Man Like Me, A.K.A Johnny Langer and Pete Duffy, are an act who completely flout categorisation, with each of their songs made up from a mind-blowingly diverse set of references and influences. It’s not often you hear soothingly-melodic garage choruses, hints of Madness and ’80s ska, and Bowie-esque warbling combined to such a danceable effect. The duo forged a relationship with Mike Skinner early last year when he was drafted in to mix a couple of tracks for the new album. He instantly fell in love with the band and insisted on having input on the entire record. With second album, Pillow Talk, due for release, it seemed like a good time to grab a pint with the Man Like Me men.
Your music’s always sounded like a direct product of London to me–loads of London genres mashed together–is that something you think about while writing?
Langer – “No, we’ve never really sat down and intentionally tried to write in a certain way. I originally wanted to make jungle, but then it just naturally turned into this weird, poppy kind of stuff.”
Duffy – “‘London Town’ did obviously have a bit of that London thing going in the writing process, but it was actually our friend who wrote the hook for that. He used to be a garage MC when garage MCs were normal.
Haha. When they were normal?
L – “Yeah, but he was a closet garage MC. We played a gig in Venice and had this running joke about what an aging garage MC would be up to nowadays–saying mundane things, all in that garage voice–and it just emerged that he used to be one. The chorus to ‘London Town’ used to be his signature bars.”
You guys often base each element of a song on different inspirations like that, right?
D – “It totally depends on the song. With something like ‘Squeeze’, I tried to make the vocals sound like Prince or David Bowie, because I thought that fit the backing track best for some reason.
L – “Yeah, and that particular track was based around this really obscure, old Ghanaian sample we found on a compilation CD. We took a lot of inspiration from African music with our earlier stuff, actually.”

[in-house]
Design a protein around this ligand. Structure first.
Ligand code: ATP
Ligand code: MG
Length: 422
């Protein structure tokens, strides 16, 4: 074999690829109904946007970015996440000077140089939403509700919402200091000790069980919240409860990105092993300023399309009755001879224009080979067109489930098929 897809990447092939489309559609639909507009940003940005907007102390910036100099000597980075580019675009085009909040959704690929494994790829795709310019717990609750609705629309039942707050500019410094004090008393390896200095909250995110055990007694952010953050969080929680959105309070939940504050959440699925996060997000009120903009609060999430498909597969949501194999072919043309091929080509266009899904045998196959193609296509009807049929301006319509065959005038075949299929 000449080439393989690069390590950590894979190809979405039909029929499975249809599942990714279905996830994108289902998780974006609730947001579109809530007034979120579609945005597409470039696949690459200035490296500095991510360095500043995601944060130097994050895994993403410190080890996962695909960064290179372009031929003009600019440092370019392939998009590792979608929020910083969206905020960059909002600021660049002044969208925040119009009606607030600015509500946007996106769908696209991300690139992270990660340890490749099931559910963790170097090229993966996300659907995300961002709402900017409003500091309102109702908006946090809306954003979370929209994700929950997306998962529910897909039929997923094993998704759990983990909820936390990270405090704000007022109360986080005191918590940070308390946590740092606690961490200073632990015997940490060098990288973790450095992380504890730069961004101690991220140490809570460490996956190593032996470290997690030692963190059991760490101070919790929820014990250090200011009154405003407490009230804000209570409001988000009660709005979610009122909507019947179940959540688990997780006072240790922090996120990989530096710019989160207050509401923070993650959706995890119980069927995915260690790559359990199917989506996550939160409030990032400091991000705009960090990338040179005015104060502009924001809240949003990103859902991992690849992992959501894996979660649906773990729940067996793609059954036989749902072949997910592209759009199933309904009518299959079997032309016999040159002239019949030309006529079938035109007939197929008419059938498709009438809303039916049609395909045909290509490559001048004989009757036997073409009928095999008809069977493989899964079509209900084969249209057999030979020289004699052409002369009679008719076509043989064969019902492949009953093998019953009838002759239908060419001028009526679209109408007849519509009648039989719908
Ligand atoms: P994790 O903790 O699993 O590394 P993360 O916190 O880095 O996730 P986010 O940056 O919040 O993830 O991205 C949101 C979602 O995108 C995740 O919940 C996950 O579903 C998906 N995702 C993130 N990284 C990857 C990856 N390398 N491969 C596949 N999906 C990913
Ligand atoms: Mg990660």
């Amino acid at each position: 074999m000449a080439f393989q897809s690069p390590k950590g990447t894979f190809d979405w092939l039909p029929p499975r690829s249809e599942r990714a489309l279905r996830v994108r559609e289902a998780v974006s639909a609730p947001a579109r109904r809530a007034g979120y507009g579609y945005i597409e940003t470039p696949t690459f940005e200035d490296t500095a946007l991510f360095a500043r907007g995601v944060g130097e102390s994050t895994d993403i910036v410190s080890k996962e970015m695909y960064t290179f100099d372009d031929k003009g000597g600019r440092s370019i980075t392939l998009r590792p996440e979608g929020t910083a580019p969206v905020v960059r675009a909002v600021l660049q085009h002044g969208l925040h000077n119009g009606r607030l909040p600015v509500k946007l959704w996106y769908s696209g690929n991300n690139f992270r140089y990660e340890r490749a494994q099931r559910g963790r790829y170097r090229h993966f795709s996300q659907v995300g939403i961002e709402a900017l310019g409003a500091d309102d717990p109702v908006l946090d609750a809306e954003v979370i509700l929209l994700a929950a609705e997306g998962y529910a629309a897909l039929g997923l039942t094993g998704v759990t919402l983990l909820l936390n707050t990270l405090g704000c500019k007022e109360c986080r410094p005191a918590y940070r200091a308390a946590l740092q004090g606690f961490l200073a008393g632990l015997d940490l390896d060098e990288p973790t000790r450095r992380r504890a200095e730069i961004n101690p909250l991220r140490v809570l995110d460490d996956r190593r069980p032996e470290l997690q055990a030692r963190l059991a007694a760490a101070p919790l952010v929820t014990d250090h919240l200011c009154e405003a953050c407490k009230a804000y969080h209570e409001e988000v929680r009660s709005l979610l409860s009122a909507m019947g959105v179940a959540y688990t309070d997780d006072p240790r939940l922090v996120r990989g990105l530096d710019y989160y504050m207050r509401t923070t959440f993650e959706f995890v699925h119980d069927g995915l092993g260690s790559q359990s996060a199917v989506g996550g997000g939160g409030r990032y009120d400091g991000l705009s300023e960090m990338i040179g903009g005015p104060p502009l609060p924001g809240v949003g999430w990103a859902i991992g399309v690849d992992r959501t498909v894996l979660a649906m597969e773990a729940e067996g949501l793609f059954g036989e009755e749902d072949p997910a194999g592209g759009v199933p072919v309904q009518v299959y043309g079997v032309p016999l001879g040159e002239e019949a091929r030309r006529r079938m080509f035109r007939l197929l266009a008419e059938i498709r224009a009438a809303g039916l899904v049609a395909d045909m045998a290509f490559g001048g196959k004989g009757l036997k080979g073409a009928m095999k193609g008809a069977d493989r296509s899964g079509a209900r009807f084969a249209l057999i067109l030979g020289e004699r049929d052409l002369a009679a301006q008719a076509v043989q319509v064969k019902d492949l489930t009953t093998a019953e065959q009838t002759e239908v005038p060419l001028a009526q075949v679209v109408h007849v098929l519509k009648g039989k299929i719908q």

These are all older references, what do you think about more contemporary music?
D – “It’s so hard to say, because there are so many sub-things going on within things, and everyone has access to everything. You’ll be listening to A$AP Rocky one minute, then Mumford And Sons the next, you know? So, the state of all it? Fuck knows [laughs].”
L – “But that’s a good thing, because we used have to go to the record shop every day and spend hours searching for stuff. If people wanted to hear that new tune they’d have to come round your house–and you do get nostalgic about stuff like that–but it’s amazing how available music is because of the internet now.”
The internet has played a huge part in your own career too, right?
D – “Yeah, we completely rode the MySpace wave when we started out. The first time we got booked abroad was purely from someone hearing ‘Oh My Gosh’ on MySpace, then we were suddenly getting bookings in Italy and all over the place.”
L – “The internet self-promotion thing is a bit much now, though. Tweeting a hundred times a day, getting on Instagram, doing all that – it’s a bit cringe worthy, but you have to do it.”
Tell me about some of your gigs – where’s the best place to play a show?
D – “The west coast of America was fucking amazing. We played this Mexican family’s house party, which was sick. I think Estonia always has the best shows, though, which is a random one.”
Did you meet any Estonian artists that you’d like to work with?
D – “I’m not sure about Estonian artists, but I was actually thinking earlier that I’d love to work with Rihanna. She could sing anything and it would sound amazing. We had Jessie Ware singing with us for a bit, which was great, and she’s smashing it at the moment.”
L – “That thing comes down to people you just want to hang out with, too. Just to be able to sit in the studio with Wiley would be fucking great. We’re currently singing with an incredible soul singer, Ade, who used to be one of Amy Winehouse’s singers, and we’ve got an amazing brass section, too. I think we’re in our best shape ever at the moment.”
Cool. Lastly, how was it working with Mike Skinner on the new album?
D – “Amazing. He’s really into the whole geeky, techie side of production, which is great, because so are we. There have been a couple of times where we’re working on something and I look over and think, ‘Woah, Mike Skinner is producing our album, this is crazy.’ But yeah, it’s cool.”
Pillow Talk is out now.
Words: Jamie Clifton
Photos: Michael Robert Williams